At the risk of incurring the wrath of Vinny Flood by mentioning the name of his fellow countryman and erstwhile peer, Ciaran O’Kane over at Exchange Wire has made two interesting points recently when it comes to the programmatic landscape. The first is around potential consolidation in the ad tech supply chain, particularly around CTV, as major players such as The Trade Desk, PubMatic and Magnite battle it out for share. In particular, the argument was made that phrases such as demand-side platform and supply-side platform are becoming increasingly redundant. The second point was a comment that the retail media space represented a major opportunity for the ad tech players and, arguably, one that was better suited to their core competencies.
These two points are separate in nature, but they are connected and they get to the heart of ad tech’s future. I am going to concentrate on the first part for now and come back to the second point in my next piece.
First, it is important to step back and look at the fundamental nature of the ad tech industry. Ad tech is effectively media buying (and planning) for the digital sphere. In that regard, it is no different from the major media buyers who buy and trade traditional platforms such as television, radio etc.
What is different though is its structure. The traditional media buyers act as ‘gatekeepers’, limiting access to valuable inventory (which has enabled them to keep margins relatively high and provide a significant chunk of the agencies’ profits). Crucial in their success are two factors. First is scale – the bigger the media buyer, the bigger the negotiating power they have with platforms, and therefore the more attractive they become to advertisers. The second is the fact that inventory on traditional platforms is limited by its nature.
The ad tech industry is different. It developed in a ‘Wild West’ fashion with very few boundaries and a multitude of intermediaries. In part, that reflected the inability of the agencies to control the digital media buying space as they had traditional media. However, it also reflected a world where inventory was (theoretically) unlimited, where major tech players such as Google embedded themselves in the infrastructure, and where both advertisers and publishers were very keen to gain traction in a short amount of time.
One feature of industries that grow in such an uninhibited fashion and where every player is looking for growth is that you tend to have an explosion of players, followed by consolidation as weaker players are snatched up by stronger ones and scale becomes an increasingly important factor. That is what has happened in the ad tech space over the past two years, and there will be more consolidation to come. However, that phase may now be coming to an end (with the rapid changes in stock market sentiment playing a key part) and we may be moving onto the next phase.
This new phase relates to the point above about the supply chain itself being consolidated. The amount of ad spend lost in the ether has been contested for years and, while the ISBA/PwC survey suggests that the amount of unattributed ad spend (at least in the UK market) has fallen from 15 percent to low single-digits, the only generally accepted truths are that (1) such leakage exists and (2) nobody really knows the scale of the problem. A core cause of that leakage is likely to be the multiple stages between the buyer (the advertiser) and the seller (the publisher). Reduce the number of the steps in the process and you are very likely to reduce the leakage.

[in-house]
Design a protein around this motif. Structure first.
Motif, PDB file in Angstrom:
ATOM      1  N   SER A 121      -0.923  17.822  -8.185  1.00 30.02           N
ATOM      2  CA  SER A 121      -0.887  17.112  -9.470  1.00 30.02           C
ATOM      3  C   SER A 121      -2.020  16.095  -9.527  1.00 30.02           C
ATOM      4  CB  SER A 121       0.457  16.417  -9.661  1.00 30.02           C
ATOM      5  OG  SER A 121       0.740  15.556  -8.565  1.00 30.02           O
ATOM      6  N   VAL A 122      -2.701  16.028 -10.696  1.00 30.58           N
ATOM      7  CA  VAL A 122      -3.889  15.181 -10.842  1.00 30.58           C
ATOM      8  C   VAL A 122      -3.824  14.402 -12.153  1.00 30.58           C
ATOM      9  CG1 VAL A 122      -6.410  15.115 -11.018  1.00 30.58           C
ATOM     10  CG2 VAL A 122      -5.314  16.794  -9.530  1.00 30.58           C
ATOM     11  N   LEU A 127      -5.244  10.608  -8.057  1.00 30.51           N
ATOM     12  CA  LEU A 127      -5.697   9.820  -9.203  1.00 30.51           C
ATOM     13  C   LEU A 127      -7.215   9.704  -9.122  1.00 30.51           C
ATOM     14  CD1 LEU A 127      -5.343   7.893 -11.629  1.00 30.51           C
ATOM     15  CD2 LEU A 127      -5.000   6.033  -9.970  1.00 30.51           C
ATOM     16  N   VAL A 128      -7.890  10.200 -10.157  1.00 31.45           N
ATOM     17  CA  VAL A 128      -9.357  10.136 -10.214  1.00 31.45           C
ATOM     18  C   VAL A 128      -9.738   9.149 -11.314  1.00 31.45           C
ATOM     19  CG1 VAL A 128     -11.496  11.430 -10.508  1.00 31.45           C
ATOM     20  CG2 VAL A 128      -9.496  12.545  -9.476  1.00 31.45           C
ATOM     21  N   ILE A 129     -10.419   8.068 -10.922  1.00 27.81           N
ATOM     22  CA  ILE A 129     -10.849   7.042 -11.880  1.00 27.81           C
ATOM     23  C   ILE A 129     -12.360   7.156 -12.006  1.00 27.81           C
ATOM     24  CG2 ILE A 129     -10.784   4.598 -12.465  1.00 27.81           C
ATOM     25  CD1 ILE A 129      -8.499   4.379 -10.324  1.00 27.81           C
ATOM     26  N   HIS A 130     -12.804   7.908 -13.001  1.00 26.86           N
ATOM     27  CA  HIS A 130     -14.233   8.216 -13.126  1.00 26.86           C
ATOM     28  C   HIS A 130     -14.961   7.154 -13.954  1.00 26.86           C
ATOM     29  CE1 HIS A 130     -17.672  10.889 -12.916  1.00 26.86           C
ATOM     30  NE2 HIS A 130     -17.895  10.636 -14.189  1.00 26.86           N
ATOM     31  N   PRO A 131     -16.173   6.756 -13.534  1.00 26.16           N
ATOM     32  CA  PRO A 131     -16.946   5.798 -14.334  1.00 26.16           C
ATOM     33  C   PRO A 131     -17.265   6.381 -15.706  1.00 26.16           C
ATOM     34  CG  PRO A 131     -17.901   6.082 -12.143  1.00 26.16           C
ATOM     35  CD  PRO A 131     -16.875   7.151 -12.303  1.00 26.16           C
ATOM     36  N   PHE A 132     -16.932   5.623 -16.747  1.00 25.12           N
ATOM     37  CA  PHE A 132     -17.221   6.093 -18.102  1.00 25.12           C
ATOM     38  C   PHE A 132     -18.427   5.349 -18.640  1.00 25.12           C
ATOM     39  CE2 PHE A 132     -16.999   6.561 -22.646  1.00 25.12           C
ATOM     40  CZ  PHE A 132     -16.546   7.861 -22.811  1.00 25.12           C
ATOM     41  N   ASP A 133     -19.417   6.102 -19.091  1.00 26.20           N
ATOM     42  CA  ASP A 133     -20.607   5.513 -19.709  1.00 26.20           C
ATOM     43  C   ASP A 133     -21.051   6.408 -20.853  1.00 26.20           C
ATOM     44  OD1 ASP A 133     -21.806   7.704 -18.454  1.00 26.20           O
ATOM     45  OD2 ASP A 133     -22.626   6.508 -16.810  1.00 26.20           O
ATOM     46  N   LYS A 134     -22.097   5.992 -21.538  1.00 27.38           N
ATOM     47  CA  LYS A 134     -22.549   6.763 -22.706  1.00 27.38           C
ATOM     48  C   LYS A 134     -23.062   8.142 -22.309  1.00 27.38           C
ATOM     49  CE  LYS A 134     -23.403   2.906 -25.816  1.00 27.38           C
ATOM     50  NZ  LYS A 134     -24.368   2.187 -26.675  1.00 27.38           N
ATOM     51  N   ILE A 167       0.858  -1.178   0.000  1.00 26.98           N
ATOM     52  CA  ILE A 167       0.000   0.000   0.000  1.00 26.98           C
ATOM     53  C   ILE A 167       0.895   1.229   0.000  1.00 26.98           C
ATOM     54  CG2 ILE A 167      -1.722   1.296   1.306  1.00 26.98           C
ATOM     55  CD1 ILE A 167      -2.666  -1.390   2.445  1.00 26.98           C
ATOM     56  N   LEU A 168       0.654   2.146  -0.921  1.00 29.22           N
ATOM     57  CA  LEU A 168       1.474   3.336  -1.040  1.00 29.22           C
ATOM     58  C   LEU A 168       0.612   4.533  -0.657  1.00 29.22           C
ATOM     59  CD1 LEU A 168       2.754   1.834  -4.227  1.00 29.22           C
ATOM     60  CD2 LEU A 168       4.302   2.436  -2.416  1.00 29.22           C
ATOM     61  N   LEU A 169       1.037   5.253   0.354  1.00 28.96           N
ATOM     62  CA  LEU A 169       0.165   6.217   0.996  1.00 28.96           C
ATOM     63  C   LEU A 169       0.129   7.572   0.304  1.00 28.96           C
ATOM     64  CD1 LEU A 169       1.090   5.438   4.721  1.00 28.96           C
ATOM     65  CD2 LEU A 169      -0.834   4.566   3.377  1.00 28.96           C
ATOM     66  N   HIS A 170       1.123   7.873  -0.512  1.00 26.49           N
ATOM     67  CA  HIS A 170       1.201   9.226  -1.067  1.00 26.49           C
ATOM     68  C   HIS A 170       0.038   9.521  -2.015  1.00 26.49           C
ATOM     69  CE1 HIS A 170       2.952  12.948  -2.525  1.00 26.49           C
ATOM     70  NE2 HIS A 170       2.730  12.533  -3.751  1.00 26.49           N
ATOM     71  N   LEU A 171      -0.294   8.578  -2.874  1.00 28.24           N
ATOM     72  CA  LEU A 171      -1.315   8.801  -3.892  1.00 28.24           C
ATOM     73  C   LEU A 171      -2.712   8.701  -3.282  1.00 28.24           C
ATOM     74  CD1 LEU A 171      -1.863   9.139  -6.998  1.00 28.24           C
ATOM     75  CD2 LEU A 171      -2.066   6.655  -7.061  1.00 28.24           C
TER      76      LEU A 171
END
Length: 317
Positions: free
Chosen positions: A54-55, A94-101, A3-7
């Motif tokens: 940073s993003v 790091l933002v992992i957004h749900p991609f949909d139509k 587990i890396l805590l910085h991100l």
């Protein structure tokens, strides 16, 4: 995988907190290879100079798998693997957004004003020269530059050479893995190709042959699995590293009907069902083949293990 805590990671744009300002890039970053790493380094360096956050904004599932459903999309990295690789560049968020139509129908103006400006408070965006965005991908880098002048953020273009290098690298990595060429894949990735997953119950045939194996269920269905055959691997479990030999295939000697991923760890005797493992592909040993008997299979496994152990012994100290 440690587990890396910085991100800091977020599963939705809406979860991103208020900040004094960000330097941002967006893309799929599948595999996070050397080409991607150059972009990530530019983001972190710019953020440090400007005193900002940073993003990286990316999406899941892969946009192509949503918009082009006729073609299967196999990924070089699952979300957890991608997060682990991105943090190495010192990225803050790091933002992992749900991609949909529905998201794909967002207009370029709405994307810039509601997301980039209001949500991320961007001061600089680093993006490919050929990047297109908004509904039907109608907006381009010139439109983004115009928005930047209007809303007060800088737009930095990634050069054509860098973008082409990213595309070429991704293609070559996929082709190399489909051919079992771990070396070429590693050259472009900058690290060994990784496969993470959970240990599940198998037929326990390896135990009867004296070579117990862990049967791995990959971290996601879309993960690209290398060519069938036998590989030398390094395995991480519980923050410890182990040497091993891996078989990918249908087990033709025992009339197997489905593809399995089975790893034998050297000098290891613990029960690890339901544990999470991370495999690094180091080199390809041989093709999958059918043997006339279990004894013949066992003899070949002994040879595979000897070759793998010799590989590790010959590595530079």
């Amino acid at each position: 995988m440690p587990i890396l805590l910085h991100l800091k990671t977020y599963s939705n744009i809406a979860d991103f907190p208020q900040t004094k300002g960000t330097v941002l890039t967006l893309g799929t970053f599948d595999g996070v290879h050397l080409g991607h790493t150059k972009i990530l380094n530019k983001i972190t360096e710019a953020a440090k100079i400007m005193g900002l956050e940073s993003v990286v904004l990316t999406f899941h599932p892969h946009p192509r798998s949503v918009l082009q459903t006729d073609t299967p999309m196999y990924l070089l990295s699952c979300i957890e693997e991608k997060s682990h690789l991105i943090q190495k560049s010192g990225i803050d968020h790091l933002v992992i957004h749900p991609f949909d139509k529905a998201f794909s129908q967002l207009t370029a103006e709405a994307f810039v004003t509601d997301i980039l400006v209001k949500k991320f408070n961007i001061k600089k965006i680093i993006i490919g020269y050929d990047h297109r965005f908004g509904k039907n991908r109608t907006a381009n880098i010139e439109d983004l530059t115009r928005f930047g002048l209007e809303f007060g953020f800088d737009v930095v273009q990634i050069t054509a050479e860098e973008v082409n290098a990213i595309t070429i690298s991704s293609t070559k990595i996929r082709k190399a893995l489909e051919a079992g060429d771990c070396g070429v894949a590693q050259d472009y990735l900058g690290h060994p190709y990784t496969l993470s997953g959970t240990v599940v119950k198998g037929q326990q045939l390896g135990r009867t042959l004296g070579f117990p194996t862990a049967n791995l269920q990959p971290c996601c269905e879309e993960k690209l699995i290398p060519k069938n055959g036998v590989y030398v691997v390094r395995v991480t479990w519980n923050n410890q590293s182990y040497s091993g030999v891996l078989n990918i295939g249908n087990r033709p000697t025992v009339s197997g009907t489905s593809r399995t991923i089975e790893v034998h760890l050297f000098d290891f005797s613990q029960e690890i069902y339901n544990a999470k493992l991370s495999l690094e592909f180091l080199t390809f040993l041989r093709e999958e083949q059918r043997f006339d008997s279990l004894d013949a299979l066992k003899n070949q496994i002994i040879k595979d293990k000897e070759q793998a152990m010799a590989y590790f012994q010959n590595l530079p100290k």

However, there is also another major issue here, namely who reaps the rewards. If consolidation of the supply chain saves money, then who are the end beneficiaries – will it be the advertisers who save money, the intermediaries who benefit from scale and cost efficiencies or the publishers who see more direct revenues. Or will it be a mixture of all three?
My educated guess is it will be the last. However, just as in George Orwell’s “Animal Farm”, some animals were more equal than others, in the case of consolidation, some will be greater beneficiaries than others, with my money being on the ad tech players. And this leads onto my final point.
With consolidation of both the existing ad tech players and the programmatic supply chain, the digital media buying space will increasingly resemble that of the ‘traditional’ media world with a few key players controlling access to the supply and, subsequently, benefiting from improved returns over time.
The parallel does not hold entirely, if only for the obvious reason that the largest online advertising players aka Google and Facebook (or Alphabet and Meta) control the access to their inventory. However, for the rest of the digital publishing space, that may be the reality. It may also come at an opportune time, given how the collapse of Vice and the Buzzfeed News’s struggles are highlighting the problems of business models predicated mainly on digital revenues. The major question here may be whether the benefits of the consolidation can outweigh the potential risks of digital supply eroding. And this is why – next time – I will outline why retail media may play a key part for Ad Tech.